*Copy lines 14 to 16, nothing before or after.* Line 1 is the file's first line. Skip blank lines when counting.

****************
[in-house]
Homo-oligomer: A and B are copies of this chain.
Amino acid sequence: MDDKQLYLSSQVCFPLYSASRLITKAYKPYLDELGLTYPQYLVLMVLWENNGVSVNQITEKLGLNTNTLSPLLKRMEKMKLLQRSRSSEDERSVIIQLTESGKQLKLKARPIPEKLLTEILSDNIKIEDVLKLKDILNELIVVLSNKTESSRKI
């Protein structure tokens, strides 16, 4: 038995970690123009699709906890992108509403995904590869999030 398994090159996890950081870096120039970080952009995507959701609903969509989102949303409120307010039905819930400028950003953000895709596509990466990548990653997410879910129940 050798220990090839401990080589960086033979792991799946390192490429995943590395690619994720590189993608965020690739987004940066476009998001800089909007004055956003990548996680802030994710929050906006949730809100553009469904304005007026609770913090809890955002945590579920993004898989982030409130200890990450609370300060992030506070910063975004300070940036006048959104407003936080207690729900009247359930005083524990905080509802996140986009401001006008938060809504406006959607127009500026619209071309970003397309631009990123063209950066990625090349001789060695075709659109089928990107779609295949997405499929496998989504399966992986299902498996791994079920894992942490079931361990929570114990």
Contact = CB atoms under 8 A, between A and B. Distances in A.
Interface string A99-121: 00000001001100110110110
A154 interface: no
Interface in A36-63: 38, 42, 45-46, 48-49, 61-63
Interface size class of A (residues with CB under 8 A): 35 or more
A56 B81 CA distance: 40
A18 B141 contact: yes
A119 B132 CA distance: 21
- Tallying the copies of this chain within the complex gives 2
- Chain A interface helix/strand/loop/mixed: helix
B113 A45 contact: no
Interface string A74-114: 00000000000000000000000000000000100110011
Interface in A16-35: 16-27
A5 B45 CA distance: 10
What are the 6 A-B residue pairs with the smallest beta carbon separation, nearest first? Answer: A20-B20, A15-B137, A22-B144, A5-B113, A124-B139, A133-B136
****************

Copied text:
- Chain A interface helix/strand/loop/mixed: helix
B113 A45 contact: no
Interface string A74-114: 00000000000000000000000000000000100110011